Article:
Credit report - 5 Items that may make the lenders run away from you

By: on 2013-01-14
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Are you facing problem in securing a line of credit in spite of making regular bill payments? If yes, then it may be because there are certain items on your credit report, which are making the potential lenders worried. Read through the article to gather knowledge about 5 items that may persuade lenders to not lend you money.

5 Scary items on your credit report

Here are the 5 items that may terrify lenders and make them run away from you:

1. Short sale: Homeowners often go for short sales when they are unable to repay their mortgages through loan modification or refinancing. Most of them assume that short sales won't affect their credit adversely. But this is not true. In a short sale, you're actually settling the debt by paying much less than what you owe. The lender will report the deficit balance on your credit report as "balance owed", which in turn can hurt your score.

2. Multiple loan applications: There is nothing unusual if you take out a credit card in a month. But if you take out 4 credit cards within a month or two, then it implies that you can't manage your finances well. Lenders will surely not like the fact that you’re requesting each person in the city for a plastic card.

3. Continuous minimum payments: Do you make only minimum monthly payments on your card? If yes, then you need to change this habit. Lenders regard the consumers making only minimum payments as risky borrowers. They assume that the consumers are making minimum payments due to financial difficulties. Lenders would obviously don't want to lend money to the consumers who are going through money troubles.

You should try to make more than the minimum payment on your credit cards. It will not make much difference if you make minimum payment once in 3-4 months. For example, if you pay the minimum amount after Christmas, then it is completely understandable. But if you always make minimum payments on the cards, then it will be a red signal for the lenders. They'll think that you don't have the financial resources to make the full payment.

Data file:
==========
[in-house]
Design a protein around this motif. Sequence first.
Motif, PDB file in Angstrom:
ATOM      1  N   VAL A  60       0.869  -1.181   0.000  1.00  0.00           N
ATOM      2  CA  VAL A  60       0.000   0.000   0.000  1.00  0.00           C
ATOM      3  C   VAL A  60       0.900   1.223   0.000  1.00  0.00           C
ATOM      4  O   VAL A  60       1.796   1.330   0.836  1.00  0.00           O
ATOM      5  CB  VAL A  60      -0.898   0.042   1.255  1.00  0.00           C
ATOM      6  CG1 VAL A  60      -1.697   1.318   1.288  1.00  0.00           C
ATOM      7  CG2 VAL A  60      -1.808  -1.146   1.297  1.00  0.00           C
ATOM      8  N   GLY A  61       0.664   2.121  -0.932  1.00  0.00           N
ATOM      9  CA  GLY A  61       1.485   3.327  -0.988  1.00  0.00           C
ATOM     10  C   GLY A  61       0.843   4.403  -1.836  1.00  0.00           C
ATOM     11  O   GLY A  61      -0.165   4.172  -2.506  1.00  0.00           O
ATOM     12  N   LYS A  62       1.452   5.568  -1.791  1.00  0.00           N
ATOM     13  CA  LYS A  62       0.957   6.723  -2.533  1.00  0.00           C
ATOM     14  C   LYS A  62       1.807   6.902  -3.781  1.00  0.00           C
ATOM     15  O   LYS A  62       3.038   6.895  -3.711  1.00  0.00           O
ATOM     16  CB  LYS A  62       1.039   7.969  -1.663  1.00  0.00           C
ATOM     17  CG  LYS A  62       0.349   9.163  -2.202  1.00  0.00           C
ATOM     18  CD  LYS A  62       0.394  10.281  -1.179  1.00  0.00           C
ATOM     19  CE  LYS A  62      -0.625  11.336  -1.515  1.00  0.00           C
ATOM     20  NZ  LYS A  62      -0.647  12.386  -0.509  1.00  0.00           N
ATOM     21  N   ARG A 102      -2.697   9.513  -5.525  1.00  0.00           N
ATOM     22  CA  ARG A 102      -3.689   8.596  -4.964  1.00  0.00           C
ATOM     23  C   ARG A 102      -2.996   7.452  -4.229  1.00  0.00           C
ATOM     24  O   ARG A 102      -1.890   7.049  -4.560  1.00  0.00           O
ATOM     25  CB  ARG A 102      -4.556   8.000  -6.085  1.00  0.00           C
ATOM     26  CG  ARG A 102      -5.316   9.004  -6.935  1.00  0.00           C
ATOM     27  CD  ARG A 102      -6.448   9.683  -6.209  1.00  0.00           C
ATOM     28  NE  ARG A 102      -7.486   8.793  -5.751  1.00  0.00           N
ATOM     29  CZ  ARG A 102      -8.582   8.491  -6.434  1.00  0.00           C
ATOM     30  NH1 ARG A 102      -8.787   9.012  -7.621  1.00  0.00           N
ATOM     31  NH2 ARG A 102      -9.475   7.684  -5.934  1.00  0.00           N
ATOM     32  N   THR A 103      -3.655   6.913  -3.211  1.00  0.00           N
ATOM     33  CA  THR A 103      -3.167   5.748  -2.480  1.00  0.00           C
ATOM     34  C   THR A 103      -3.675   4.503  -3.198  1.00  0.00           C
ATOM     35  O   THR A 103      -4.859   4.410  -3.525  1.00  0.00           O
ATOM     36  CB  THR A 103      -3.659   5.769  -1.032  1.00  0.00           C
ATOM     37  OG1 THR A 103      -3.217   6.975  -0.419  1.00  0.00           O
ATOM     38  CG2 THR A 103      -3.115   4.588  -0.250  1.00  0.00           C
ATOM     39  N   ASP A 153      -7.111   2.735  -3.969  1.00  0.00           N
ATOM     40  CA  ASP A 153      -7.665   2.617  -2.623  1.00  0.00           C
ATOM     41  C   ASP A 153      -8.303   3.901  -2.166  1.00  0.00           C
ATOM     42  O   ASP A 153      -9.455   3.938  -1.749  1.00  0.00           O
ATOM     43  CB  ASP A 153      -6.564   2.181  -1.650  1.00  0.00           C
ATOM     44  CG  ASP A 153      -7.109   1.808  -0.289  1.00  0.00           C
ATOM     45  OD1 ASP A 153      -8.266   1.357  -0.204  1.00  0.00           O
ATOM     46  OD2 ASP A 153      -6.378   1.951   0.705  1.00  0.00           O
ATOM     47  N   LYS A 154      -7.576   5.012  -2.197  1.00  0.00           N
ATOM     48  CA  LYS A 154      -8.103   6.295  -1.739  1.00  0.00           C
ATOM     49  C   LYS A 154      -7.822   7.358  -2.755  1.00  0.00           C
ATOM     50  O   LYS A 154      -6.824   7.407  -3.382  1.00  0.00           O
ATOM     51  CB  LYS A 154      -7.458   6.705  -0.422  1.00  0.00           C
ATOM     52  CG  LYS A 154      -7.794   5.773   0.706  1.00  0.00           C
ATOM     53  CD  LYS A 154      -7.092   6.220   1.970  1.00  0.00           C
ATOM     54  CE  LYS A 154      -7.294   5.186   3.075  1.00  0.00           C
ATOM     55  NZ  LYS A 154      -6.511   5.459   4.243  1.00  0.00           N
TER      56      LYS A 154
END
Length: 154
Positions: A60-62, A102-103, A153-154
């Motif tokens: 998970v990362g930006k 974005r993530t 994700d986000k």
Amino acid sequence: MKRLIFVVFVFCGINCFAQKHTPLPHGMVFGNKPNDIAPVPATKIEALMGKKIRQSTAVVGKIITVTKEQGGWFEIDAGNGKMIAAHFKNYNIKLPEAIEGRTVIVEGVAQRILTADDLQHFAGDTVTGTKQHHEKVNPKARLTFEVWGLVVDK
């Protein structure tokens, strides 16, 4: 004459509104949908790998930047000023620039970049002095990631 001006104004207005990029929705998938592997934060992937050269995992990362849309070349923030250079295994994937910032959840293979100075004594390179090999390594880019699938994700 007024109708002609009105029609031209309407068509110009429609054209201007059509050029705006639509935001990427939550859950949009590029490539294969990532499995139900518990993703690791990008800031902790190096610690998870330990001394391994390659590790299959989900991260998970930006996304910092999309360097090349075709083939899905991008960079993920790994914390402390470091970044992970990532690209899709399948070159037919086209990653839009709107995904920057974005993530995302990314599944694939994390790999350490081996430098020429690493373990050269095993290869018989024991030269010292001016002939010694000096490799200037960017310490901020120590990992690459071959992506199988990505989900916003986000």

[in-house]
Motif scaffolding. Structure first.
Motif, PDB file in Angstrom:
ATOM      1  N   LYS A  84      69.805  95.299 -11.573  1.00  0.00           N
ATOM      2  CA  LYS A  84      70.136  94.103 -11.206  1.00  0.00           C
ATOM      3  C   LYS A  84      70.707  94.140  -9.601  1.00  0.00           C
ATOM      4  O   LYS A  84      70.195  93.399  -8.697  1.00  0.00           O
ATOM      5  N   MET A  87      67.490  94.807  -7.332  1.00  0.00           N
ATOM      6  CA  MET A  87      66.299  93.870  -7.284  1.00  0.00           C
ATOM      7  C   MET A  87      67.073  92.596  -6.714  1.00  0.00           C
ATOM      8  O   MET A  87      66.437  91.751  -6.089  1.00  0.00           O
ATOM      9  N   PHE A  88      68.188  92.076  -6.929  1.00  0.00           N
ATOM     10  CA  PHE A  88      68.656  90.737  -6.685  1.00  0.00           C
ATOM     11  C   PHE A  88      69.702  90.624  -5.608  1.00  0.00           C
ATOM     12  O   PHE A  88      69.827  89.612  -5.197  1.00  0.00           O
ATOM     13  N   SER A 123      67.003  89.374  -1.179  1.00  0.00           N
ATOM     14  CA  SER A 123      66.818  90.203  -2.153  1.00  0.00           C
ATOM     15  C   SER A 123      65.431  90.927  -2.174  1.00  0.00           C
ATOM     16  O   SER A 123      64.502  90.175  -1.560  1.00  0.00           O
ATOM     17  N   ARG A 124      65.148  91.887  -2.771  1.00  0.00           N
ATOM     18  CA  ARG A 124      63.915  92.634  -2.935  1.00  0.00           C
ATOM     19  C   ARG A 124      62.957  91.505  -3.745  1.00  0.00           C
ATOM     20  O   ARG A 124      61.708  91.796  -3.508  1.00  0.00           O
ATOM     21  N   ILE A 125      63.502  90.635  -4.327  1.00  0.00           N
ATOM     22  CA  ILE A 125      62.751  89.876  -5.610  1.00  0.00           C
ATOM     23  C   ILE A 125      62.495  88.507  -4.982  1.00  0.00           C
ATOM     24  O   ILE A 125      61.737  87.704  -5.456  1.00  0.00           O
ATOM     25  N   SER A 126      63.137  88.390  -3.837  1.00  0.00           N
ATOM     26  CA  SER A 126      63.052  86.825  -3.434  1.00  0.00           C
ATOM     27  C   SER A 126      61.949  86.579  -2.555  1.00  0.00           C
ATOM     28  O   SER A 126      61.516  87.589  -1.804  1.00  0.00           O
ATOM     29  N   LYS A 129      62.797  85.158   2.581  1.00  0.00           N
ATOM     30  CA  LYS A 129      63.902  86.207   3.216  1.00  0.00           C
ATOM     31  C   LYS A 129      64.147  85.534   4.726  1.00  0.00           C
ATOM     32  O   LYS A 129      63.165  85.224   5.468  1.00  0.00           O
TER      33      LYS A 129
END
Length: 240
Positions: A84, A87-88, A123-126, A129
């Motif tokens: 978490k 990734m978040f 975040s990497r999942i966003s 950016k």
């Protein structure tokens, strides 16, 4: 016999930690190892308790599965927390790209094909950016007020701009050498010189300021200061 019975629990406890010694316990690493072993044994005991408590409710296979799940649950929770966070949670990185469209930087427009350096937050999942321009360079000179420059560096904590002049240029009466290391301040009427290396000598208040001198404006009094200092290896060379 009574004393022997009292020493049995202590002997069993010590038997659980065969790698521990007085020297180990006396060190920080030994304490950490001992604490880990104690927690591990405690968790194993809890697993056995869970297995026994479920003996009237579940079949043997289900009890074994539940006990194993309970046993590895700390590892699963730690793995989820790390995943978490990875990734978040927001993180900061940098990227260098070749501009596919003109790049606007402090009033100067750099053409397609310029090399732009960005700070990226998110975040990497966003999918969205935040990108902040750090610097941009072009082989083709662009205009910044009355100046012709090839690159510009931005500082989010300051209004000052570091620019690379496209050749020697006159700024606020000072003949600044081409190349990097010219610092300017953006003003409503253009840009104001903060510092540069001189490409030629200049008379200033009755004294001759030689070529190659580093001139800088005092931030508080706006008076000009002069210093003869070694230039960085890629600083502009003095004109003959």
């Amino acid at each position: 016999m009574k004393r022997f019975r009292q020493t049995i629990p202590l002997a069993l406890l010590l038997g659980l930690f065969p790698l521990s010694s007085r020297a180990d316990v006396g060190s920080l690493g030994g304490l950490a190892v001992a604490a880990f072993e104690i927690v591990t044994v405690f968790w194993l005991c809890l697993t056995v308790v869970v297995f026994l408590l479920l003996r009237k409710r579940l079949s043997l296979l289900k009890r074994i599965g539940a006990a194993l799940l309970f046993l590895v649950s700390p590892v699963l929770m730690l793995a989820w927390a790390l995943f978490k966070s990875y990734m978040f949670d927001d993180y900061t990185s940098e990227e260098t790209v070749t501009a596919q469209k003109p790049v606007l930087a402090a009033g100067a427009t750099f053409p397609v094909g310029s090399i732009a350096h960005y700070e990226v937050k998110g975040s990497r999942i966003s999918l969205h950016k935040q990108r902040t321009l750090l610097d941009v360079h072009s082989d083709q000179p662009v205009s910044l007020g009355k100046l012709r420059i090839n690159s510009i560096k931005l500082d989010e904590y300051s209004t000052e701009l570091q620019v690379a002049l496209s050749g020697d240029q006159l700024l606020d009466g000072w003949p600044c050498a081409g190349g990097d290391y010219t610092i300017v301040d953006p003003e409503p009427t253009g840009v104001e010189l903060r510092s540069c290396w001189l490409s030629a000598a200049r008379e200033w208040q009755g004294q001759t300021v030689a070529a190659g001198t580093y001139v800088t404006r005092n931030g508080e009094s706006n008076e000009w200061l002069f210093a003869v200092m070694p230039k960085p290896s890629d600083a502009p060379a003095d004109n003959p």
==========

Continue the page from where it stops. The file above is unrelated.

4. Too many credit inquiries: A lot of consumers face serious problems in getting credit cards. These consumers submit applications to numerous credit card companies for increasing the chances of securing credit cards. There have also been instances where the consumers have applied several times in the same company.

Lenders check your credit report each time you apply for a credit card or a loan. So, this means that the credit inquiries will increase as you go on submitting multiple applications to the credit card companies, which in return will hurt your credit score.

A good trick to avoid this problem is to submit all the application within a period of 14 days. This is because the scoring models consider all these inquiries as a single inquiry. However, you can take advantage of this facility only when you're applying for a mortgage or an educational loan.

5. Payday loans: Usually, people take out payday loans when they are in urgent need of money. In most cases, consumers go for these loans when they are laid off or underemployed. The interest rates on payday loans are higher than that of the credit cards. So, these loans are considered riskier than that of the credit cards.

When you take out a payday loan, it gets reported to your credit report. Your debt balance increases due to this loan, which in turn reduces your available credit. This makes a negative impact on your credit score. Lenders will always check your score before approving your loan application. When they come to know that you've low credit score, they may refuse to lend you money.

Finally, you should try your best to avoid co-signing for a loan. The reason is, as a co-signer you're legally responsible for a loan. If the original debtor defaults on the loan, then you'll have to pay it off. Moreover, the delinquent account will get reported on your credit report. This may in turn go against you when you apply for a loan in future.

Last Updated on: Mon, 14 Jan 2013

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